Monday, April 9

rabbits again


When I first moved to Italy I was horrified to discover that people kept rabbits in tiny cages for the purpose of fattening up and eating them. It seemed cruel and barbaric to me and I felt so bad for the poor rabbits.

The urge to set them free was very strong but I did understand that these rabbits had been born and bred in captivity and wouldn't know how to survive if I released them.

Easter Monday her in Italy is known as Pasquetta and it is tradition for Italian families to go out for the day, preferably in the countryside for a picnic or a walk. One year my friend Lara and I decided to have a picnic in a friends garden up in the village above Positano. We made sandwiches and salads, packed fruit and fairy cakes and a blanket to sit on and set off up the mountain.

Gardens in Positano are usually put to practical use, growing vegetables and keeping chickens, rabbits and bees. The gardens are always long and narrow strips carved into the side of the mountain like giant steps, fruit and olive trees are intertwined with vegetable patches and coops and cages.

Lara and I arrived with a few friends in the garden. The boys had decided to light a barbeque and were fiddling with the grill. Lara lay a blanket on the ground, close to the edge so we could see the sea below us. I wandered through the garden curious as to what I would find.

I found the rabbits, about twenty of them, each one in a single cage barely bigger than a shoebox. I felt awful for them, but then I saw the babies. Three fluffy spring bunnies were huddled together in a slightly bigger cage with their mother.
Without hesitation I opened the cage and took the babies out. I carried them over to the blanket and we played with them while we ate.

Suddenly from one of the gardens below us there was a terrible shrieking sound. We forgot about the bunnies and peered over the edge to see what the noise was. Below us there were two men in rubber boots and aprons killing and bleeding a pig.
"Oh no!" exclaimed Lara in disgust, "do they have to do that while we are eating?"

As the pig squealed the floor became sticky with blood and we sat on our picnic blanket feeling sick, the mood for barbequed ribs and ham sandwiches had passed.
Suddenly we remembered the baby rabbits, where had they got to? We searched around for about an hour but they had taken the chance of freedom and hopped away to a better life.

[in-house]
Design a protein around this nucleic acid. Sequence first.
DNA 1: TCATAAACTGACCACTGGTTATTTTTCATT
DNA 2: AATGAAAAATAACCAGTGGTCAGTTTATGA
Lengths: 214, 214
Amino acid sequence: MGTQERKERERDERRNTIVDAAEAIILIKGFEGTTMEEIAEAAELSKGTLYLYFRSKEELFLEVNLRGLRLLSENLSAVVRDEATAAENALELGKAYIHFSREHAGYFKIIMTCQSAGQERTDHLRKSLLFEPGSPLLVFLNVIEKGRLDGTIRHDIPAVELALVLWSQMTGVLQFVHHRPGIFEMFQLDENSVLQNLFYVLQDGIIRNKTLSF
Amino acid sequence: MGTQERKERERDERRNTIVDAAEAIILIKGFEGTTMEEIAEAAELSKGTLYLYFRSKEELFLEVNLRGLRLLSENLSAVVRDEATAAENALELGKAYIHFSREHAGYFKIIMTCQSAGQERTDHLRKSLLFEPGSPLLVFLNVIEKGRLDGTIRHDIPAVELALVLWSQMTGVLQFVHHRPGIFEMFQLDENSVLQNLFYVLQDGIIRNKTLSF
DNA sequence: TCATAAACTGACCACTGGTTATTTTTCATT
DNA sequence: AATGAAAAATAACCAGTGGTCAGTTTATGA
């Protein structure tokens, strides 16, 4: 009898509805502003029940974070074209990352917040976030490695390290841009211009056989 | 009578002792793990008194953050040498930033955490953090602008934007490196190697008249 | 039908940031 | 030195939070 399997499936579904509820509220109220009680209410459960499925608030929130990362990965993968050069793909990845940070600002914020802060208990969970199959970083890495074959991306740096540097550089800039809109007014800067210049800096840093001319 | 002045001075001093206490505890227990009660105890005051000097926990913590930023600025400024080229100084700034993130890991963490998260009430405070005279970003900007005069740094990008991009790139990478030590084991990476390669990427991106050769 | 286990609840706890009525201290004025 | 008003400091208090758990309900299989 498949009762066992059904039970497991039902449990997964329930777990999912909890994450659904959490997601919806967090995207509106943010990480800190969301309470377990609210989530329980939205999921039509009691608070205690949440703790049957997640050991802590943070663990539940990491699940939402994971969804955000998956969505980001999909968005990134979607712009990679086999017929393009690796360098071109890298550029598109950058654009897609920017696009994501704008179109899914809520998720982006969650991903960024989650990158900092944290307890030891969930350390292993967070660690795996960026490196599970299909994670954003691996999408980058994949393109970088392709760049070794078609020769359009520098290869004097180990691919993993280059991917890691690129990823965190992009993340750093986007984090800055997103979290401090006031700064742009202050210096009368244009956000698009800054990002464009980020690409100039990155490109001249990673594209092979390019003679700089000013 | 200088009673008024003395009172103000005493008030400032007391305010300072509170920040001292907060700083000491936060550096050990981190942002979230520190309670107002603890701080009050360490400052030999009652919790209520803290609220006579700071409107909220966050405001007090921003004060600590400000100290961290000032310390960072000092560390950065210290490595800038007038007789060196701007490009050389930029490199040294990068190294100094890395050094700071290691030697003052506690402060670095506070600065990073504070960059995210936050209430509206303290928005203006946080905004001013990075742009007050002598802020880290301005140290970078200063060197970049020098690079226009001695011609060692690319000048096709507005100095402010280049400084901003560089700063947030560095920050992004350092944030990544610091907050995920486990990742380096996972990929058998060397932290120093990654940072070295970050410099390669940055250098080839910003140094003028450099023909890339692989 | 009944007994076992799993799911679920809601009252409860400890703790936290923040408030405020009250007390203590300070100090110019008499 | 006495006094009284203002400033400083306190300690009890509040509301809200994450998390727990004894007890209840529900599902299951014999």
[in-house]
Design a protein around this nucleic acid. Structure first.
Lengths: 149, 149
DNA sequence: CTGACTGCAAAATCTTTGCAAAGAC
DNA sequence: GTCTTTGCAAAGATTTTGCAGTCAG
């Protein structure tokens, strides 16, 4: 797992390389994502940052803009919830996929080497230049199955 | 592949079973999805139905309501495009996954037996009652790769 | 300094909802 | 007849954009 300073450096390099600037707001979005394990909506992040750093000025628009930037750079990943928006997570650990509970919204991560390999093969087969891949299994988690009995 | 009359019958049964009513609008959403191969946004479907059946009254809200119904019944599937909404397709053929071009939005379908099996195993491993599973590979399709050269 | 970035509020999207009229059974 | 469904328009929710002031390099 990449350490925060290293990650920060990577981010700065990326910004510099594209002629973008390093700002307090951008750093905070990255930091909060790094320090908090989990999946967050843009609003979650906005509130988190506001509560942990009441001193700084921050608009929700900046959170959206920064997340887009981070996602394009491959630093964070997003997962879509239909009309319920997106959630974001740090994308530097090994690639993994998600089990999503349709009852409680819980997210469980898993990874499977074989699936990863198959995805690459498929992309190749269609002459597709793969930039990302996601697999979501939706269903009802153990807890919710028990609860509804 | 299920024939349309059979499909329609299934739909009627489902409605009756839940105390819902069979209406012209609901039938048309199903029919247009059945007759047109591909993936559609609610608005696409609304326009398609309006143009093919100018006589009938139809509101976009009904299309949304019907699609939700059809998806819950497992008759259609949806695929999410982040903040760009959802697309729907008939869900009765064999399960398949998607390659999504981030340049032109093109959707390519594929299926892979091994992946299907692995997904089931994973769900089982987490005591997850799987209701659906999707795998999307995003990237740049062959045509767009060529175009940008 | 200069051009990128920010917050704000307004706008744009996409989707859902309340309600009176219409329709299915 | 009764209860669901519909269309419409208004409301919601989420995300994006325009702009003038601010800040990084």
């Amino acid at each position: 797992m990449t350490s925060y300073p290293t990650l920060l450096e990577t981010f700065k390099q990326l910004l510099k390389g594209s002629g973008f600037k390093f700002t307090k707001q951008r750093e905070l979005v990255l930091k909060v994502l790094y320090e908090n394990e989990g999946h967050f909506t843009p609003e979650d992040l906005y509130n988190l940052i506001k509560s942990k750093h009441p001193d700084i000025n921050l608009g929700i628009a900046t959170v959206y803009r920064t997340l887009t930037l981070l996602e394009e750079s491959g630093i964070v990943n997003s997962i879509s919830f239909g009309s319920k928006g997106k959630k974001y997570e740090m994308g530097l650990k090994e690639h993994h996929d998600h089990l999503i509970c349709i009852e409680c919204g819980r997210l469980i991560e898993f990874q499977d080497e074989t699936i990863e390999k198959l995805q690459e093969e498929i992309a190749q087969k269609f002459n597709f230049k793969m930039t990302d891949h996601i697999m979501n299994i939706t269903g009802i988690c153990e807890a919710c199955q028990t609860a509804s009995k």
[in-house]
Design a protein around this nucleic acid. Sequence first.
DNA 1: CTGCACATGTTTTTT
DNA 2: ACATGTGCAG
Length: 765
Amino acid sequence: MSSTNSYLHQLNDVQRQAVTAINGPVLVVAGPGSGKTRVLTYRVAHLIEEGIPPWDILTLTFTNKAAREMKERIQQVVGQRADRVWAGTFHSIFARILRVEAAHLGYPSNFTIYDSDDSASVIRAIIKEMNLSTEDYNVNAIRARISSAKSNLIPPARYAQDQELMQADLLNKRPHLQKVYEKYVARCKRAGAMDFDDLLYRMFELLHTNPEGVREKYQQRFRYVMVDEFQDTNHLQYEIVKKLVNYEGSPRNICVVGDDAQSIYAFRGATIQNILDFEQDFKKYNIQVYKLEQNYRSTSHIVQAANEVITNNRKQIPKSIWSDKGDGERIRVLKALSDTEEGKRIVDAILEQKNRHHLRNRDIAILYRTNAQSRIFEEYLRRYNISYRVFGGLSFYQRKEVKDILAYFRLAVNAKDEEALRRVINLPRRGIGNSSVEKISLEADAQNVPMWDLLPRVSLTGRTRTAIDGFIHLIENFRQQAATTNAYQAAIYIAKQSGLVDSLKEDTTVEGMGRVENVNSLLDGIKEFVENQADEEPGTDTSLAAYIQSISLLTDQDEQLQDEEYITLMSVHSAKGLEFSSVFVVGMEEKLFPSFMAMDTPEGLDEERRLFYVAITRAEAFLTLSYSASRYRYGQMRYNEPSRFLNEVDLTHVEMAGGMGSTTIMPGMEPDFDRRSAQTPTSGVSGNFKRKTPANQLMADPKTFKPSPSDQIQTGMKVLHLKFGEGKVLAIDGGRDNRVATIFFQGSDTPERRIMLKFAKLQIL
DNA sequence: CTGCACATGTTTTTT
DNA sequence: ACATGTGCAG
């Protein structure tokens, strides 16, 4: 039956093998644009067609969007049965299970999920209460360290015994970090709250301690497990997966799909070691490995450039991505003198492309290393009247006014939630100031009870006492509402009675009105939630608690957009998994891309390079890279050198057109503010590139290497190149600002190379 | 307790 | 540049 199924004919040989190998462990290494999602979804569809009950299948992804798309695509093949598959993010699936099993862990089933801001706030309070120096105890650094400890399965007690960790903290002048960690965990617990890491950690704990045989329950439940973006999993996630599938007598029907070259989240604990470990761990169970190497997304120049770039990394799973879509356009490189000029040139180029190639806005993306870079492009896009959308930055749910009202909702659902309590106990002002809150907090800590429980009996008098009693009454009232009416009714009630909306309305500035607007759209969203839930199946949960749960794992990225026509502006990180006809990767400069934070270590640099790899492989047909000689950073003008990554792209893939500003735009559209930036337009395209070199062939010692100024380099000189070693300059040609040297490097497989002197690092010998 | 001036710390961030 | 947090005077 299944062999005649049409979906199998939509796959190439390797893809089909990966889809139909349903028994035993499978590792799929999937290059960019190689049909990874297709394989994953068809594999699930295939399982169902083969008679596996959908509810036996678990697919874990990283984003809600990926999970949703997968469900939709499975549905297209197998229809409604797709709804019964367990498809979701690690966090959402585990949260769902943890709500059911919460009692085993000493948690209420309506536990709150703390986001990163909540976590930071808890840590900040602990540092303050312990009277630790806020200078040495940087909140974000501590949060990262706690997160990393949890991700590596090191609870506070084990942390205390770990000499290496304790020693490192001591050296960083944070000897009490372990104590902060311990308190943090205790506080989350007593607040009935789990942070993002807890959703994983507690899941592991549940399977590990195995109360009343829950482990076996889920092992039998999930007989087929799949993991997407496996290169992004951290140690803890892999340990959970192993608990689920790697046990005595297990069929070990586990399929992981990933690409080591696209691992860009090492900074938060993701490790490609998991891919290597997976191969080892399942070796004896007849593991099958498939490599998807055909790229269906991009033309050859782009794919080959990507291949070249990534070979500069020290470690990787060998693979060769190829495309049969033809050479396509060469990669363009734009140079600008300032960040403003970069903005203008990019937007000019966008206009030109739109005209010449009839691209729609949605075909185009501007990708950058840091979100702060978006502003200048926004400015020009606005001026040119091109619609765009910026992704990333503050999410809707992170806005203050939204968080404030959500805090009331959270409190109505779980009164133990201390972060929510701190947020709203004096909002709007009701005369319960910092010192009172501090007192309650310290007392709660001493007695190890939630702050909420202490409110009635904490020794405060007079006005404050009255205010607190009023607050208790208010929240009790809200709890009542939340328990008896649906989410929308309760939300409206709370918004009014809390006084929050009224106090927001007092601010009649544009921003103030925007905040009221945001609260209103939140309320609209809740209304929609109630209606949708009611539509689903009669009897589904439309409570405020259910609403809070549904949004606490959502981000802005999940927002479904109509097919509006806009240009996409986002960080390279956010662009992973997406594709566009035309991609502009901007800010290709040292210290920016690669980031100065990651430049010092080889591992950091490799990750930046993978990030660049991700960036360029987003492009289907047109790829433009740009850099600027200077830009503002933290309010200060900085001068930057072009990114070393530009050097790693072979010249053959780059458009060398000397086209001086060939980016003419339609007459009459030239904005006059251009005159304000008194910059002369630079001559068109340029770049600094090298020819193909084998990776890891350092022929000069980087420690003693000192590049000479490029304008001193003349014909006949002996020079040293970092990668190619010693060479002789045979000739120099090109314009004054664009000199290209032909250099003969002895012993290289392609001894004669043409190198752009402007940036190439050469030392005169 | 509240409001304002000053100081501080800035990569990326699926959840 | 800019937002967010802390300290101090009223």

7 comments:

  1. Yes, beware of the tortoise because it may come after you! We all know that those little critters are evil predators that chase birds and girls and what not!

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  2. when I was about 13, I went with my best friend to a barbecue at this country club he belonged to. on arrival, we witnessed the pig who was to be barbecued being slaughtered. the poor bugger screamed so much, I felt terrible. I just ate onion salad sandwiches for lunch.

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  3. Aside from the rabbits in cages and the whole pig slaughtering debacle, it looks like an otherwise picturesque picnic site!!

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  4. One year in Anguilla my aunt killed a chicken for dinner right in front of me. I had tuna from a can that night and all my relatives thought I was weird. At the time I was living in D.C. and wasn't spending a lot of time on farms. I forgot chickens and goats were not pets.

    Anyway, I do think it's good for us to know where our food comes from.

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  5. I was a vegetarian for years & I think it was mostly cause my dad & his friends used to hunt wild rabbits & wild pigs & they used to take us along for the ride. So I witnessed many killing. Very sad & disturbing


    Love Nonna's farm, very pretty on the mountain edge.

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  6. lovely post!
    And thanks for commenting on mine.

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  7. i would have felt the same about the bunnies.
    positano sounds like a very beautiful and complex place {but which place is not complex, right?}.
    love your blog.

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